Socialite Peggy Shippen is half Benedict Arnold’s age when she seduces the war hero during his stint as military commander of Philadelphia. Blinded by his young bride’s beauty and wit, Arnold does not realize that she harbors a secret: loyalty to the British. Nor does he know that she hides a past romance with the handsome British spy John André. Peggy watches as her husband, crippled from battle wounds and in debt from years of service to the colonies, grows ever more disillusioned with his hero, Washington, and the American cause. Together with her former love and her disaffected husband, Peggy hatches the plot to deliver West Point to the British and, in exchange, win fame and fortune for herself and Arnold.
Told from the perspective of Peggy’s maid, whose faith in the new nation inspires her to intervene in her mistress’s affairs even when it could cost her everything, The Traitor’s Wife brings these infamous figures to life, illuminating the sordid details and the love triangle that nearly destroyed the American fight for freedom.
While I’m familiar with the story of Benedict Arnold and knew the name of John André, the story of Peggy Shippen Arnold is one with which I was unfamiliar. It was a pleasure, therefore, to read this fascinating debut novel about the woman who almost changed the course of history. Peggy Shippen came from a prominent Philadelphia family and was well known in the city’s social scene. She adored the fame and craved fortune and power. While the British held Philadelphia she could often be found in André’s company. When they left the city and the Continental Army took control of it, Peggy ingratiated herself with military commander Major General Benedict Arnold. In The Traitor’s Wife, Pataki has written two very strong characters. We can see that they were ideally suited. Both wanted prestige and wealth and were prepared to do whatever was necessary in order to achieve their goals. Both come across as detestable, at least to this reader.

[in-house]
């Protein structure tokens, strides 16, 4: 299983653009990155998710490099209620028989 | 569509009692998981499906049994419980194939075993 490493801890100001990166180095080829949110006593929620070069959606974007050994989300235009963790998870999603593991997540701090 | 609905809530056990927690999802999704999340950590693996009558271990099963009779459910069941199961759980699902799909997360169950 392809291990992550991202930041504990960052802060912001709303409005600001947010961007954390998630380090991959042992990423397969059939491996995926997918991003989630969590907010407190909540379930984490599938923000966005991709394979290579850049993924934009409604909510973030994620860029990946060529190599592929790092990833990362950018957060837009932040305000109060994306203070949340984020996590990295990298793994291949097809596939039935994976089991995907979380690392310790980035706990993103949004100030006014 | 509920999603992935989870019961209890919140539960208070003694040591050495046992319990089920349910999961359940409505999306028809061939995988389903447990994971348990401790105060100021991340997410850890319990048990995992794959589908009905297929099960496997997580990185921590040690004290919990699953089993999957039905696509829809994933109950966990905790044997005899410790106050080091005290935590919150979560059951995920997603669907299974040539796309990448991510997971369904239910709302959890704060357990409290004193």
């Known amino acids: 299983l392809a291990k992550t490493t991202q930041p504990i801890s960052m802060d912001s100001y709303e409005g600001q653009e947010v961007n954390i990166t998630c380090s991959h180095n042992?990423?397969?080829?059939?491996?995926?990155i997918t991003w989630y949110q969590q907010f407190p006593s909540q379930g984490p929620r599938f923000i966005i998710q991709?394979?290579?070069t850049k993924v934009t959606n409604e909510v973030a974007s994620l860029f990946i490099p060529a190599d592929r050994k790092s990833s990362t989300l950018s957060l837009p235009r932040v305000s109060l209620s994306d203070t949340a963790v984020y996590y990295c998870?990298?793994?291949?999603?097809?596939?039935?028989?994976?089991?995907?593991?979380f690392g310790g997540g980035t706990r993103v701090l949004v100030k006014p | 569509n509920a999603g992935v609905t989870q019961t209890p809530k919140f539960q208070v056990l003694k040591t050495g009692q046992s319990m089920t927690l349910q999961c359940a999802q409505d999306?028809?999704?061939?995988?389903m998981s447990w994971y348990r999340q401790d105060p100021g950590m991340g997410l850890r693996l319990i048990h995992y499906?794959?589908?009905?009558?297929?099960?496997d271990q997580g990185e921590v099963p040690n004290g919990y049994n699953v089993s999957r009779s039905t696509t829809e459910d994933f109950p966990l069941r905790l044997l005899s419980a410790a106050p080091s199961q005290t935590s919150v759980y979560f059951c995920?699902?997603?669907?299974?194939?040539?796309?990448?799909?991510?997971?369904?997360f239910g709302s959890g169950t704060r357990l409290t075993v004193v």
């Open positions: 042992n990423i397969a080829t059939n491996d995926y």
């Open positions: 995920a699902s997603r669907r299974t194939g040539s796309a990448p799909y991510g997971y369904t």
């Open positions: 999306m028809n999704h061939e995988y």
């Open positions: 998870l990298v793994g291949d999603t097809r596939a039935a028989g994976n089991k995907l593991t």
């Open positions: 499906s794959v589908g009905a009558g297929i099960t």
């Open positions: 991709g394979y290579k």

The maid in the story, Clara, is a more favorable character. Employed as Peggy’s maid, she is often employed as Peggy’s chaperone to social events. At first, Peggy treats Clara as a friend but as they get older the relationship turns frosty. Having learned the art of manipulation from her employer, Clara finally turns the tables and takes a stand for what she knows is right. The final exchange between these women will have you cheering for the servant. Clara also gets to experience romance, but the cost is never knowing if she will see her loved one again as he fights for liberty with Washington’s army.
Allison Pataki has written an historical novel that is as educational as it is entertaining. She expertly takes the reader back to 18th century Philadelphia to experience life during the American War of Independence. While some facts have been ‘adapted’ for the sake of the story, Pataki has stayed mostly true to historical record. The Traitor’s Wife covers the time from just before Arnold’s arrival in Philadelphia to when the General’s treason was discovered. An epilogue tells of the Arnolds’ life after that.
Thank you to Howard Books for my complimentary electronic copy of The Traitor’s Wife, which I downloaded from NetGalley. No review was required.
Have you read The Traitor’s Wife? Do you plan to read it? Let me know your thoughts.
Publisher: Howard Books (a division of Simon & Schuster)
Publication Date: 01 February 2014
Page Count: 352